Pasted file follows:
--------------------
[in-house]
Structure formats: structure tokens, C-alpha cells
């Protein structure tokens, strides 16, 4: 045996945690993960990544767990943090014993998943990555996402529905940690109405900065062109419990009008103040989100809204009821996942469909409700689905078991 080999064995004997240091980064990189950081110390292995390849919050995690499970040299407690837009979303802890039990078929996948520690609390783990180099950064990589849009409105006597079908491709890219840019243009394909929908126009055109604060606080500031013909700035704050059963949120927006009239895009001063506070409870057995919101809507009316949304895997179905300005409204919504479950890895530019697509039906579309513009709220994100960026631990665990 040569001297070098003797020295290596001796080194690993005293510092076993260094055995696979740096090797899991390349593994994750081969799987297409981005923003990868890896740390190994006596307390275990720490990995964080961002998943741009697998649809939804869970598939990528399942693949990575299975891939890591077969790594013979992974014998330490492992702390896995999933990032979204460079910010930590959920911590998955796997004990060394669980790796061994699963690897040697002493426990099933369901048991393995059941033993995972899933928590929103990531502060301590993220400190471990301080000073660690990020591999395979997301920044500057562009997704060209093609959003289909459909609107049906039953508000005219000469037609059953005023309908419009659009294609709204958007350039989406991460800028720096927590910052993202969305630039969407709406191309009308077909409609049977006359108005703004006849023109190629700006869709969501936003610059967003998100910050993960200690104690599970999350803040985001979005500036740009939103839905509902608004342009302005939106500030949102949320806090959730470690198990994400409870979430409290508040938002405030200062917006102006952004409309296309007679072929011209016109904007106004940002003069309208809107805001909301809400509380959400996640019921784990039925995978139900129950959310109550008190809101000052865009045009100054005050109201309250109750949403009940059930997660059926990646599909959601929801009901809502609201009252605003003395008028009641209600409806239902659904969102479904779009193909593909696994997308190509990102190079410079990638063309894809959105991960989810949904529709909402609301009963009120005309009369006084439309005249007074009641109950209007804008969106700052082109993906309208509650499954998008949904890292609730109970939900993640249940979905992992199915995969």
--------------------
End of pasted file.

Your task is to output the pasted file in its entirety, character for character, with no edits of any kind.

[in-house]
Structure formats: structure tokens, C-alpha cells
């Protein structure tokens, strides 16, 4: 045996945690993960990544767990943090014993998943990555996402529905940690109405900065062109419990009008103040989100809204009821996942469909409700689905078991 080999064995004997240091980064990189950081110390292995390849919050995690499970040299407690837009979303802890039990078929996948520690609390783990180099950064990589849009409105006597079908491709890219840019243009394909929908126009055109604060606080500031013909700035704050059963949120927006009239895009001063506070409870057995919101809507009316949304895997179905300005409204919504479950890895530019697509039906579309513009709220994100960026631990665990 040569001297070098003797020295290596001796080194690993005293510092076993260094055995696979740096090797899991390349593994994750081969799987297409981005923003990868890896740390190994006596307390275990720490990995964080961002998943741009697998649809939804869970598939990528399942693949990575299975891939890591077969790594013979992974014998330490492992702390896995999933990032979204460079910010930590959920911590998955796997004990060394669980790796061994699963690897040697002493426990099933369901048991393995059941033993995972899933928590929103990531502060301590993220400190471990301080000073660690990020591999395979997301920044500057562009997704060209093609959003289909459909609107049906039953508000005219000469037609059953005023309908419009659009294609709204958007350039989406991460800028720096927590910052993202969305630039969407709406191309009308077909409609049977006359108005703004006849023109190629700006869709969501936003610059967003998100910050993960200690104690599970999350803040985001979005500036740009939103839905509902608004342009302005939106500030949102949320806090959730470690198990994400409870979430409290508040938002405030200062917006102006952004409309296309007679072929011209016109904007106004940002003069309208809107805001909301809400509380959400996640019921784990039925995978139900129950959310109550008190809101000052865009045009100054005050109201309250109750949403009940059930997660059926990646599909959601929801009901809502609201009252605003003395008028009641209600409806239902659904969102479904779009193909593909696994997308190509990102190079410079990638063309894809959105991960989810949904529709909402609301009963009120005309009369006084439309005249007074009641109950209007804008969106700052082109993906309208509650499954998008949904890292609730109970939900993640249940979905992992199915995969």